By Simon Guy
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The Story of the Iron Column

This article is over 10 years, 7 months old
Abel Paz
Issue 365

Abel Paz’s The Story of the Iron Column charts the struggles of an anarchist militia trying to deal with the dramatic events of the Spanish Civil War in 1936. Inspired not just by the fight against fascism but also by the idea of a truly liberated society, they had to respond to the military coup against the republic and the ensuing civil war and also to the state that was used to strangle the revolution.

The Iron Column, which emerged in Valencia, was one of the most famous units in the Spanish Civil War and comprised anarchists and ex-prisoners.

The military uprising by General Franco provoked a revolution and there was a huge transformation in the way society was organised. Land was collectivised and workers’ councils emerged.

However, the Communist Party followed Stalin, who feared a social revolution in Spain would upset his allies at the time. The other big force in Spain was the PSOE (social democrats), who wanted to put the war first and deal with the business of revolution later. The anarchists of the Iron Column argued for both. According to Paz “war and revolution were synonymous”. So when the anarchist CNT union entered into the government it came as a shock to those fighting in the Iron Column.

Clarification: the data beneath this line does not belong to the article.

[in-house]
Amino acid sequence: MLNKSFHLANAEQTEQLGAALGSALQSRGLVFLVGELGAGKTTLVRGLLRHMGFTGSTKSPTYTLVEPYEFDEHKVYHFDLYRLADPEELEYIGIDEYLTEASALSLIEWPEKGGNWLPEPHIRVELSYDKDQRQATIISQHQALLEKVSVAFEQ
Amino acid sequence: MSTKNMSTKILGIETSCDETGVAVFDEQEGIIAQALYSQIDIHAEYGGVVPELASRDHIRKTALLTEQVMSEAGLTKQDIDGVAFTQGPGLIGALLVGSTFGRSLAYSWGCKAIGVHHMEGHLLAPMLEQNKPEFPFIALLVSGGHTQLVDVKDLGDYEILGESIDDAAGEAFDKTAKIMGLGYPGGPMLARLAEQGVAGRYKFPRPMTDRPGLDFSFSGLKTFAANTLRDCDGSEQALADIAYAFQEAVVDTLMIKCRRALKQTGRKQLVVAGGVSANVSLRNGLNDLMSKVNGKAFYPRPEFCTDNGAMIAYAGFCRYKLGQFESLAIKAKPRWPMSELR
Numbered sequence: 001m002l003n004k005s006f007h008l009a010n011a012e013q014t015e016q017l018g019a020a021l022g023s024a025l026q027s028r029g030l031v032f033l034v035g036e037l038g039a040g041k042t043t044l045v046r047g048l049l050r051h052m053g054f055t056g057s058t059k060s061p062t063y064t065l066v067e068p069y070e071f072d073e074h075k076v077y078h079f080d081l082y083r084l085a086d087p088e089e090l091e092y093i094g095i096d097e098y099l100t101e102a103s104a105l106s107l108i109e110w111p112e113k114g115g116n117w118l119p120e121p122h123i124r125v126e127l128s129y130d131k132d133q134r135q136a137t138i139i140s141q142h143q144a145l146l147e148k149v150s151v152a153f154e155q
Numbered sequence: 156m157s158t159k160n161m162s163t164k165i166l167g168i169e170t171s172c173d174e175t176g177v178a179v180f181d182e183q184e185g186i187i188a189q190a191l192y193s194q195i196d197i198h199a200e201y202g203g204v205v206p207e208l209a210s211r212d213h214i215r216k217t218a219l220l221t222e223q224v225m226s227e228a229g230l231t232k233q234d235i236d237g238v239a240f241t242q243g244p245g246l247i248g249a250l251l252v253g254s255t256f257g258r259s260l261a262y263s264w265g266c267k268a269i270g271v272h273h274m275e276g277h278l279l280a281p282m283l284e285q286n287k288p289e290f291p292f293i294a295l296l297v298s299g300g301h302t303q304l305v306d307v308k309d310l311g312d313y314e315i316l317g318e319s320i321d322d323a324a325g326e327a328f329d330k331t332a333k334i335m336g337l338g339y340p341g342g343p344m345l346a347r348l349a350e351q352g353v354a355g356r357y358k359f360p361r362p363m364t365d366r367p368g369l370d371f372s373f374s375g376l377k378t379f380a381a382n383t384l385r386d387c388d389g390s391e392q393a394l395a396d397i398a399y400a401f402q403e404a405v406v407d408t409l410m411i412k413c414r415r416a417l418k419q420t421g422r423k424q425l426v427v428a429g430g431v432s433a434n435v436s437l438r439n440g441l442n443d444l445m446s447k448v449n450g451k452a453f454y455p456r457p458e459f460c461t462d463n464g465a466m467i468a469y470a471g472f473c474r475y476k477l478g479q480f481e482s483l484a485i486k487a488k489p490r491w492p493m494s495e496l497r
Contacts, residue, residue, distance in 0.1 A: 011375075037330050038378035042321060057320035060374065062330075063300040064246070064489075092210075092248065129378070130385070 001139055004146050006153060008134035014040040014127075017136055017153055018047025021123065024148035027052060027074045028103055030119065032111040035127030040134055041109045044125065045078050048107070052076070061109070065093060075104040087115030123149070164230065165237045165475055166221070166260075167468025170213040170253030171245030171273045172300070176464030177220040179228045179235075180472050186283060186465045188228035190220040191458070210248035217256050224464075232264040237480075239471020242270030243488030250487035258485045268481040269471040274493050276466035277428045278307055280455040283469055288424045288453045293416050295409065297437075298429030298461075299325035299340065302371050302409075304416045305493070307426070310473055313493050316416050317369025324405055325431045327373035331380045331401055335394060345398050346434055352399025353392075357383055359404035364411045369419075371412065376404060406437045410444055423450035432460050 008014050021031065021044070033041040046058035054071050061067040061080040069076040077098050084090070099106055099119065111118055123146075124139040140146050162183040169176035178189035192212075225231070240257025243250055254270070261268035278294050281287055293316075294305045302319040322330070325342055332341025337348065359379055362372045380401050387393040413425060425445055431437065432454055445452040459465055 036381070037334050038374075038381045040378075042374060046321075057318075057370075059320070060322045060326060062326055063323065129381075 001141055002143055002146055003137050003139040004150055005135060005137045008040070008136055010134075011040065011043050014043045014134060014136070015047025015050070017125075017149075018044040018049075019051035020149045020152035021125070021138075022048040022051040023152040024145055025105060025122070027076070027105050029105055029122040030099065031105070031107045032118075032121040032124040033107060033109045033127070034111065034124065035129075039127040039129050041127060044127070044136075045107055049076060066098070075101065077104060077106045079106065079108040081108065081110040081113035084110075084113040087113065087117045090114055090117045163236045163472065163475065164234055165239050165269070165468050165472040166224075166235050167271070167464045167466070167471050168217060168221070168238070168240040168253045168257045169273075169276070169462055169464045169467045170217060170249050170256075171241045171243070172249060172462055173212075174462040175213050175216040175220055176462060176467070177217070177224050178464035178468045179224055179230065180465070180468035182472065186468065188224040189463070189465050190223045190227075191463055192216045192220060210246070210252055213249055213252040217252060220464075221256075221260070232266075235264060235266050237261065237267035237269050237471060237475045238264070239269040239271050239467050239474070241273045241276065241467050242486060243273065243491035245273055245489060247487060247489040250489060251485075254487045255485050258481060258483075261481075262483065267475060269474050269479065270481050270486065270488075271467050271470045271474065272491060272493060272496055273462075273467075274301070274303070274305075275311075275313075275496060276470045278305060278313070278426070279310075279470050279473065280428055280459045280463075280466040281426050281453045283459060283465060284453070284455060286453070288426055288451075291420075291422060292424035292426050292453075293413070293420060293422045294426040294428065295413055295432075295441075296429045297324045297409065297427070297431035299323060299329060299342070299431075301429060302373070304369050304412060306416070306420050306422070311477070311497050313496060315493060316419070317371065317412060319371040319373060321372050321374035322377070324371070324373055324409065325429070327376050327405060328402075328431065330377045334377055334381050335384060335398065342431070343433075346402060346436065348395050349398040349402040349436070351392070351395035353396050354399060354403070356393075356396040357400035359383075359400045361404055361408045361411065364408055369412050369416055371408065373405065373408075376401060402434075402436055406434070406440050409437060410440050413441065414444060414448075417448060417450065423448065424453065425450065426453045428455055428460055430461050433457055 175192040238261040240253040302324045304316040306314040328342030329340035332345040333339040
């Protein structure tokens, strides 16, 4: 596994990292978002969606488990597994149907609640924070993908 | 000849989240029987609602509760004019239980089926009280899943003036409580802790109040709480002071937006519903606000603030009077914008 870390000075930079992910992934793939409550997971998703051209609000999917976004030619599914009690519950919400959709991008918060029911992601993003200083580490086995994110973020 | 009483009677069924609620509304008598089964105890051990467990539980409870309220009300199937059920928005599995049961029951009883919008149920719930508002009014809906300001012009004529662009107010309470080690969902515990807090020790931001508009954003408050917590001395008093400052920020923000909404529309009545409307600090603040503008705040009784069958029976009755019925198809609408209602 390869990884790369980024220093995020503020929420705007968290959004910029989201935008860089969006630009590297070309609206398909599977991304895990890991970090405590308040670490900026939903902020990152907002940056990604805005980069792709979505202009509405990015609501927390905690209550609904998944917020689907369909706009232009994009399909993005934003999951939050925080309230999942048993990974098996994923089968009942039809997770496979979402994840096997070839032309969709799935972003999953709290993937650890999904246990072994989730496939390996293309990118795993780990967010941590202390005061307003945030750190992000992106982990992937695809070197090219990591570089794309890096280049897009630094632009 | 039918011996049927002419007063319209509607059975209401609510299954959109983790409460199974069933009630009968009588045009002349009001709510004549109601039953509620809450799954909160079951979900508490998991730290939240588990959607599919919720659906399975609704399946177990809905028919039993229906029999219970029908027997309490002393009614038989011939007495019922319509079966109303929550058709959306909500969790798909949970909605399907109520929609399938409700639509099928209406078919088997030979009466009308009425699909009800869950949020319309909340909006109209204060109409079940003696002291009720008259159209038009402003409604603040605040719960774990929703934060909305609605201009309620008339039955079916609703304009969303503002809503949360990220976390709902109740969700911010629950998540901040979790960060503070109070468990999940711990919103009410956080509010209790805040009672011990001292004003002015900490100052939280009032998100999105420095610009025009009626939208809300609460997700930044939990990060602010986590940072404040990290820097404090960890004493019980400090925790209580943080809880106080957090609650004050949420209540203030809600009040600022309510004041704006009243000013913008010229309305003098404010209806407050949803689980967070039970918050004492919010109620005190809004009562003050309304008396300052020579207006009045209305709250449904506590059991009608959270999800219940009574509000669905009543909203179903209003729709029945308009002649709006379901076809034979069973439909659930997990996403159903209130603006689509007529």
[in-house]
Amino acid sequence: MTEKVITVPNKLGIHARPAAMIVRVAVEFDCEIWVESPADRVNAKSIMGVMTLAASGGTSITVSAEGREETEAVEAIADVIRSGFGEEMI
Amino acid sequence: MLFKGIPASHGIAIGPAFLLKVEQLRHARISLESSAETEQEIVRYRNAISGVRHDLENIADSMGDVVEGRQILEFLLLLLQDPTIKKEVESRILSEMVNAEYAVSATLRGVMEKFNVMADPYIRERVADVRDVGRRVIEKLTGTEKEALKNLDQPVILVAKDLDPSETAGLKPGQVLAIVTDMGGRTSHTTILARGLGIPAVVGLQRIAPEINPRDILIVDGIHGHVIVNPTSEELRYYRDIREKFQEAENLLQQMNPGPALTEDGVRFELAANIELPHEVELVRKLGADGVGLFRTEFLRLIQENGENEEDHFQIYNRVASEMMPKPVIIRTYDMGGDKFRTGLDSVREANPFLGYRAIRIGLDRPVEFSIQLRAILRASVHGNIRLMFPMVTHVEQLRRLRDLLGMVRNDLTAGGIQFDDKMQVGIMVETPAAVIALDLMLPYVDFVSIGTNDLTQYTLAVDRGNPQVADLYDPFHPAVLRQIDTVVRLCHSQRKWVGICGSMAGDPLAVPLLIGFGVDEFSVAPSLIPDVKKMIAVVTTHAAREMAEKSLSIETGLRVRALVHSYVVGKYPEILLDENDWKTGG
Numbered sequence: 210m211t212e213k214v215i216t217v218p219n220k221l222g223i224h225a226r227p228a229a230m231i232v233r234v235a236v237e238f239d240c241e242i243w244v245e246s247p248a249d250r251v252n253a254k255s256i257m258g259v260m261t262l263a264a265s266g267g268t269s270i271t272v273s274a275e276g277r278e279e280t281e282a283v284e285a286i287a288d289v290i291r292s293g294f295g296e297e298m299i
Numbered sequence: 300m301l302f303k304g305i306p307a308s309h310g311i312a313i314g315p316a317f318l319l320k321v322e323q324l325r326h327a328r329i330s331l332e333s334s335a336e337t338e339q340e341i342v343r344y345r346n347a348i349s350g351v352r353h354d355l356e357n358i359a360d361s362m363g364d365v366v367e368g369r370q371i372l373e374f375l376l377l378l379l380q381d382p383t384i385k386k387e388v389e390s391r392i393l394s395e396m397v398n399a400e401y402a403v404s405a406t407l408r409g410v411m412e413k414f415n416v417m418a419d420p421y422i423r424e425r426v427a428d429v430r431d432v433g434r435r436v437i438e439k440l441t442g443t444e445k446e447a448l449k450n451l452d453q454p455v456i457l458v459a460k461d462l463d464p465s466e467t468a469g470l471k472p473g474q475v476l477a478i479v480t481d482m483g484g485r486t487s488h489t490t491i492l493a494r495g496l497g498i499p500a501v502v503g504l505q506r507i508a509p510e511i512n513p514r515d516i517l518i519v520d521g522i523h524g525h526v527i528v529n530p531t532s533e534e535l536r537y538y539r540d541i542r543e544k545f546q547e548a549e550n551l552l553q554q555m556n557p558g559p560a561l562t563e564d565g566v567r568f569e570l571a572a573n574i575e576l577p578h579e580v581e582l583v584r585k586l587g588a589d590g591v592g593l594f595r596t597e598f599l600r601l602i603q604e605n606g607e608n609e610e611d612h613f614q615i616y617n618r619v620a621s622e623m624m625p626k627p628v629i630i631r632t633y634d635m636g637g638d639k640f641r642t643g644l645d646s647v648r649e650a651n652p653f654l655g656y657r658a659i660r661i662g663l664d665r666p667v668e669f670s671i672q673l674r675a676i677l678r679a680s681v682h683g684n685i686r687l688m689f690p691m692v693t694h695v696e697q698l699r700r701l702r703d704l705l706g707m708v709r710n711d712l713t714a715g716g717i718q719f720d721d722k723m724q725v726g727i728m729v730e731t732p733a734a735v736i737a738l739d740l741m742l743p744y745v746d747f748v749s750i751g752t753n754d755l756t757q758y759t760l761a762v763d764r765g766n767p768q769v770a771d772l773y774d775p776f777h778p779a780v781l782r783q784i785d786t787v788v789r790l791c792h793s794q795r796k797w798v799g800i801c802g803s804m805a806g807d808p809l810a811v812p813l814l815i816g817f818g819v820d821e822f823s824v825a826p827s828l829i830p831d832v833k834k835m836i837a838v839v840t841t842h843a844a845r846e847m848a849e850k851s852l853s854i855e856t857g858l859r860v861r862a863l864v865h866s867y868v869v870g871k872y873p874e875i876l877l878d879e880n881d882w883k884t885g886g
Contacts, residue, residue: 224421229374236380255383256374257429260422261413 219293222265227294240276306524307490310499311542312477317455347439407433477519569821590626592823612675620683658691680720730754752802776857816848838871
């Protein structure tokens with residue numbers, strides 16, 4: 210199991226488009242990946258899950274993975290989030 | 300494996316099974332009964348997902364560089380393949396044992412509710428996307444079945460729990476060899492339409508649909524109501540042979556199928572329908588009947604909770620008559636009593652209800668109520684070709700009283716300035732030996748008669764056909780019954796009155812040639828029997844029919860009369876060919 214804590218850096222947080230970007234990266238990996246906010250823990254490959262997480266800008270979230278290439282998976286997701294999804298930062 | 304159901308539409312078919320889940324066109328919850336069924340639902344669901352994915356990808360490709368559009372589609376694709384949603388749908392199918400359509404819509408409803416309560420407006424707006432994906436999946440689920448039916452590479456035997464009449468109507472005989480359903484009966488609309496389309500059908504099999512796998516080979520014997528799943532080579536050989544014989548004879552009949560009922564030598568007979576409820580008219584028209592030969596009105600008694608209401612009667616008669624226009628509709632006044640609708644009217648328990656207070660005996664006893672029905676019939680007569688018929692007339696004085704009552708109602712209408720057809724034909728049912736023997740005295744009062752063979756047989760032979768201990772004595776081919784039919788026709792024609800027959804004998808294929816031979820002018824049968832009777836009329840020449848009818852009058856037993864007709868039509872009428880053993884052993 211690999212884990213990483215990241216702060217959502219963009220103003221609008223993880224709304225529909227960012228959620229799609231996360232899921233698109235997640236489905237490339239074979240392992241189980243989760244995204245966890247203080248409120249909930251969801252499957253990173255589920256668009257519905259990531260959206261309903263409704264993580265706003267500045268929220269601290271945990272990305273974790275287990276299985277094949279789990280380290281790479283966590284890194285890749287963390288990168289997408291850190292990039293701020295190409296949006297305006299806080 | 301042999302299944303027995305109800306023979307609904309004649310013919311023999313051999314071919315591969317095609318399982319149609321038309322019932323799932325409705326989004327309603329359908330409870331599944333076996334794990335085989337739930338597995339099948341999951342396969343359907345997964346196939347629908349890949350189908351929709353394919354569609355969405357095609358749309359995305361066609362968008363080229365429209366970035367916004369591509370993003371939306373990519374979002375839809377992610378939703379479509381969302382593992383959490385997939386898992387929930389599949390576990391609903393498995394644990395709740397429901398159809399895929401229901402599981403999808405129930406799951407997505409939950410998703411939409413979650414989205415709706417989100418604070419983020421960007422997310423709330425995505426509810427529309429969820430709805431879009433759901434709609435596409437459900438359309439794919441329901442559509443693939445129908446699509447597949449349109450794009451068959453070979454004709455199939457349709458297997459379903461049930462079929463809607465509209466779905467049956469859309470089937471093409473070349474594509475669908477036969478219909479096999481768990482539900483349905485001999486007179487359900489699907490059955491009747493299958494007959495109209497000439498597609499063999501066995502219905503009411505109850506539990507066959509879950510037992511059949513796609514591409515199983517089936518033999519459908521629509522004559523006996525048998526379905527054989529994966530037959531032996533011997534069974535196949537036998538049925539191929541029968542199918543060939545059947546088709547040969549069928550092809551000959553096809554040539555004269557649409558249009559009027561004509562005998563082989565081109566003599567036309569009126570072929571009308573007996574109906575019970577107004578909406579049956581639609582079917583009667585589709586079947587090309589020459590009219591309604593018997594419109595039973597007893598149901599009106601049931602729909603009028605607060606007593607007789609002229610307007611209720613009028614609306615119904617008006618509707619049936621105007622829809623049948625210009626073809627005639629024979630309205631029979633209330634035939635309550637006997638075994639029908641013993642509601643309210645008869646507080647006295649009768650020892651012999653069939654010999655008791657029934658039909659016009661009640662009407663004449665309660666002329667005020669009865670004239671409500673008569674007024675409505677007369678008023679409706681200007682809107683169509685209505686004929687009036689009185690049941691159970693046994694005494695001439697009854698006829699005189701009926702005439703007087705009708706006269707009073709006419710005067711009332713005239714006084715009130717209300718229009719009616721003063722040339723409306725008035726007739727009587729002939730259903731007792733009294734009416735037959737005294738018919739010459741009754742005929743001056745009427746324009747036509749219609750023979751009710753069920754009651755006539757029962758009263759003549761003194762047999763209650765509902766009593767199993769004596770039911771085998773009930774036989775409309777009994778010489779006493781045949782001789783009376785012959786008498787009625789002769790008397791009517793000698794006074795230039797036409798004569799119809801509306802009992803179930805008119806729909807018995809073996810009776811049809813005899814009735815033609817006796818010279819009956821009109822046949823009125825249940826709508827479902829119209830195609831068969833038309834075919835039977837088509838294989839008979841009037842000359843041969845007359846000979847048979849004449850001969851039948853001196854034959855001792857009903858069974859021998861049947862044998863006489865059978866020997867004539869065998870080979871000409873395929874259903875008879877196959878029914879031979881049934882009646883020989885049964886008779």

Paz shows how there was a great deal of anger about this amongst the rank and file of the union and in the militias.

Gradually the forces of the state were rebuilt and the so-called “Popular Army” was created. The Iron Column had been led by delegates who would try to persuade their comrades of their “orders” rather than just dictate them. The “Popular Army”, however, wished to discipline its ranks through fear to drive home who was in charge. The Iron Column stood firm for a time while militias all around it became regular army units.

As an anarchist Paz describes this whole process as something outside of their control. What he cannot see is that the real problem was that anarchism could not provide an alternative to the capitalist state. It becomes a highly moral tale of a brave few fighting against the growing counter-revolution on the front and in the rearguard.

Spain shows the ruling class will do everything they can to keep and regain power, even in the midst of a civil war.

The first priority for them will be to protect “their” wealth. It is not enough to replace the state they control with local militias and local democracy: it has to be replaced with a workers’ state controlled by our side. This is the case when fighting a civil war but still remains true until society ceases to be split into classes.

The Story of the Iron Column is published by AK Press, £13

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